Garden Path: Turnips, grass headliners for the month of September
Posted: Tuesday, September 4, 2012 8:00 pm
By: By Jimmy Williams
The Messenger 09.04.12
We trust your turnips are well up and growing. Before long you’ll have fresh greens.
Summer, horrendous as it was, is winding down. August was kinder than July, but still yet another drought month. Are we morphing into a desert climate?
At any rate, my yuccas are thriving. With conditions of the past few years, I may just put over our non-irrigated areas into a monoculture of yuccas.
Meanwhile, September is staring us in the face, and we hope it will be a wet month. In fact, we must assume it will be, else we will continue to wallow in despair and our gardens will go further to pot.
First on tap — today if you can manage it but anytime until early October — is to revamp your lawn. Nights are cooler, the soil is still warm, and it is the ideal time for the project.
Unless your sward is as perfect as Sam Tharpe’s (check it out) you doubtless have places, minimal or maximal, worn, like an old rug, right down to the pile.
If the area is relatively small, a hand-operated rotating tool that will scurf up the top inch or two of soil will suffice. One brand is the Weasel, and it works like a charm. I am in partnership with Bucky Purcell in a Weasel, but since I use it more than he does, I am claiming controlling interest.
Once the soil is prepared, seed is applied, fairly heavily, then fertilizer broadcast, not too heavily, and all is raked in lightly. A topping of compost will help and, on a slope, a light mulch of straw or pine needles will prevent erosion.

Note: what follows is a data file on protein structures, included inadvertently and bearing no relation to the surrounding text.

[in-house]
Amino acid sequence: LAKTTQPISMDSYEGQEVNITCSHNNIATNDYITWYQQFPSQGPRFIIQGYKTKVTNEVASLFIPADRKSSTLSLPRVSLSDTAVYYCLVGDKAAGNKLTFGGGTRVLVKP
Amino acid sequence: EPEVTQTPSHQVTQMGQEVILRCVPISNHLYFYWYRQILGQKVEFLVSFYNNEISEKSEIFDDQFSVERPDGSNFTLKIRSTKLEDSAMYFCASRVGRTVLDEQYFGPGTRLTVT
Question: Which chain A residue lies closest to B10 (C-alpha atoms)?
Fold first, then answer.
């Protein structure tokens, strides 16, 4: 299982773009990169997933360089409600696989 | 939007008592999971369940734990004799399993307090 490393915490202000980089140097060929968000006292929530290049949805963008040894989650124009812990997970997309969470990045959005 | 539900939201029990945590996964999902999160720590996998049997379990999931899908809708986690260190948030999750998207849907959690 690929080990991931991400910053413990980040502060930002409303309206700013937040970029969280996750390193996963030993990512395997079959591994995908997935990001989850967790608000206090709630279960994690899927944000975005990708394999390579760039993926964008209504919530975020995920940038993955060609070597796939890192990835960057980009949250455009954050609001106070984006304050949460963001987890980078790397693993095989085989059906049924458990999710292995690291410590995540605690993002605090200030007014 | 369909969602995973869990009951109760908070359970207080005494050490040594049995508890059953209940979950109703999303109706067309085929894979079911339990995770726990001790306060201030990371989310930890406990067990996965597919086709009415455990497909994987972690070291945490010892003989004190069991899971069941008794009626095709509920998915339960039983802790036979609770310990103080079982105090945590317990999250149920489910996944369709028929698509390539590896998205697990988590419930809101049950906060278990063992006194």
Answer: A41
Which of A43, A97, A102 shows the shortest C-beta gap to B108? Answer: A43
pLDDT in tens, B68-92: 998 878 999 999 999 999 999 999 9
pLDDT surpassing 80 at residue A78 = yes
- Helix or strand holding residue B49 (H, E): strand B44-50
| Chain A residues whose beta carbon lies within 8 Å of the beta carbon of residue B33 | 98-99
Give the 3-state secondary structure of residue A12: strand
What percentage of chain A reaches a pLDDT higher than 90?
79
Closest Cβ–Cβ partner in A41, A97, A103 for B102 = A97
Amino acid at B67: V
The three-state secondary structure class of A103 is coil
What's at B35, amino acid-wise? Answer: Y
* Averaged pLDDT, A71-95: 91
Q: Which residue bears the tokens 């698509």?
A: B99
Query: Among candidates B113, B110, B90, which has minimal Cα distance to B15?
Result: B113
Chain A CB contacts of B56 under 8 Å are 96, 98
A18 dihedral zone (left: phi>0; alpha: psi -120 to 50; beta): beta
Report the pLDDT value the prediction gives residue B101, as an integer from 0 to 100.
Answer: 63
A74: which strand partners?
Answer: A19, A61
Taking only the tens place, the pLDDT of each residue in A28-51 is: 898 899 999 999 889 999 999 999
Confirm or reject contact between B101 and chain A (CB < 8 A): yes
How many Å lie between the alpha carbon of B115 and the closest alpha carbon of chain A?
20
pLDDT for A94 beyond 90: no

All this, it is understood, is for so-called “cool season” grasses, i.e. nearly always lawn type fescue in these parts. There are numerous varieties and blends, the latter (one is Southern Gold) made up of several kinds, so that if one of them fails others will still take hold.
If your lawn is, unfortunately, bermuda, then you will wait until mid-October to scalp it down and overseed with annual rye grass. This is the system used a lot in Memphis and other places to our south where cool-season grasses fare even more poorly than here.
In that case, a heavy seeding of annual rye can be sown right over the Bermuda, then spiked in with a lawn aerator, which punches holes that allow seeds to fall into. Often a newly overseeded Bermuda lawn can be spotted by the little dots of newly sprouted rye in the holes. They soon fill to make a respectable winter lawn.
The rye grass will stand quite a lot of cold and in recent post-Gore winters with little severe temperatures, winter rye lawns have been immaculate. In late spring the rye starts to melt out, and by then the Bermuda will have greened up. This works with zoysia too.
I hate a browned (or whitened; zoysia turns virtually white after freezes) lawn in winter, so I use the cool-season fescue regimen. In recent years my lawn has looked better most of the winter than it does in July and August.
Cool-season lawns, in the aggregate, are more difficult to maintain than Bermuda or zoysia. Disease, primarily brown patch, is the controlling factor in a fescue lawn. Brown patch will melt out, for good, a fescue lawn right before your eyes in a muggy (aren’t they all?) July. Green can turn to brown overnight.
The only answer is preventive spraying with an anti-fungal agent, at least once a month when night temperatures are above 70 degrees, usually June, July and August. Miss just one spraying and it’s Katy bar the door.
If all this seems to be a lot of trouble (it is) your best bet is to hire one of our excellent lawn maintenance firms to do it all for you. Then your lawn will do you proud.
From Poor Willie’s Almanack
I questioned Mayor Tharpe on how in the world his fescue lawn could look like a three-inch deep green carpet, in August, for crying out loud. He gave all the credit to Someone upstairs. Well, He surely had a part, all right, but Sam should take some credit, too, because I saw that lawn before he moved in.
Editor’s note: Jimmy Williams is the garden writer for The Paris Post-Intelligencer, where he can be contacted on Mondays at (731) 642-1162.
grass, The Garden Path, turnips